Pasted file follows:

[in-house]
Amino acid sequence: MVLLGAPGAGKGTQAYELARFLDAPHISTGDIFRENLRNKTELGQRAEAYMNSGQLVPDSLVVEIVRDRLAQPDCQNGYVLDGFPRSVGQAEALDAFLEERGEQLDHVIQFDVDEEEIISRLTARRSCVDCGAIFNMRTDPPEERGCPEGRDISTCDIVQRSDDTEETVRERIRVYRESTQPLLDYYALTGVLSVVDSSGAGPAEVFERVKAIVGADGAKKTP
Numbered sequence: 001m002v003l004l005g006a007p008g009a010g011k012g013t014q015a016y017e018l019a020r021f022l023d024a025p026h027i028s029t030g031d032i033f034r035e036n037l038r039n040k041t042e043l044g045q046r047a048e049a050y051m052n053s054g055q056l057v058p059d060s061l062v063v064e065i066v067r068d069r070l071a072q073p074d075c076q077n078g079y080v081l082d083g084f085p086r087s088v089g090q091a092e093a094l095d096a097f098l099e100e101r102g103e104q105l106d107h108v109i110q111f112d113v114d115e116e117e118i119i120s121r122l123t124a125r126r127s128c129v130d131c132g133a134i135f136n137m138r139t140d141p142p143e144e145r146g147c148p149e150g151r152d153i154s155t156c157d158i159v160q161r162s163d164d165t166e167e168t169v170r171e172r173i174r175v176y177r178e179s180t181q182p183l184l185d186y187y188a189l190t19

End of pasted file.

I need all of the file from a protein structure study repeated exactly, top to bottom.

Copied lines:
[in-house]
Amino acid sequence: MVLLGAPGAGKGTQAYELARFLDAPHISTGDIFRENLRNKTELGQRAEAYMNSGQLVPDSLVVEIVRDRLAQPDCQNGYVLDGFPRSVGQAEALDAFLEERGEQLDHVIQFDVDEEEIISRLTARRSCVDCGAIFNMRTDPPEERGCPEGRDISTCDIVQRSDDTEETVRERIRVYRESTQPLLDYYALTGVLSVVDSSGAGPAEVFERVKAIVGADGAKKTP
Numbered sequence: 001m002v003l004l005g006a007p008g009a010g011k012g013t014q015a016y017e018l019a020r021f022l023d024a025p026h027i028s029t030g031d032i033f034r035e036n037l038r039n040k041t042e043l044g045q046r047a048e049a050y051m052n053s054g055q056l057v058p059d060s061l062v063v064e065i066v067r068d069r070l071a072q073p074d075c076q077n078g079y080v081l082d083g084f085p086r087s088v089g090q091a092e093a094l095d096a097f098l099e100e101r102g103e104q105l106d107h108v109i110q111f112d113v114d115e116e117e118i119i120s121r122l123t124a125r126r127s128c129v130d131c132g133a134i135f136n137m138r139t140d141p142p143e144e145r146g147c148p149e150g151r152d153i154s155t156c157d158i159v160q161r162s163d164d165t166e167e168t169v170r171e172r173i174r175v176y177r178e179s180t181q182p183l184l185d186y187y188a189l190t19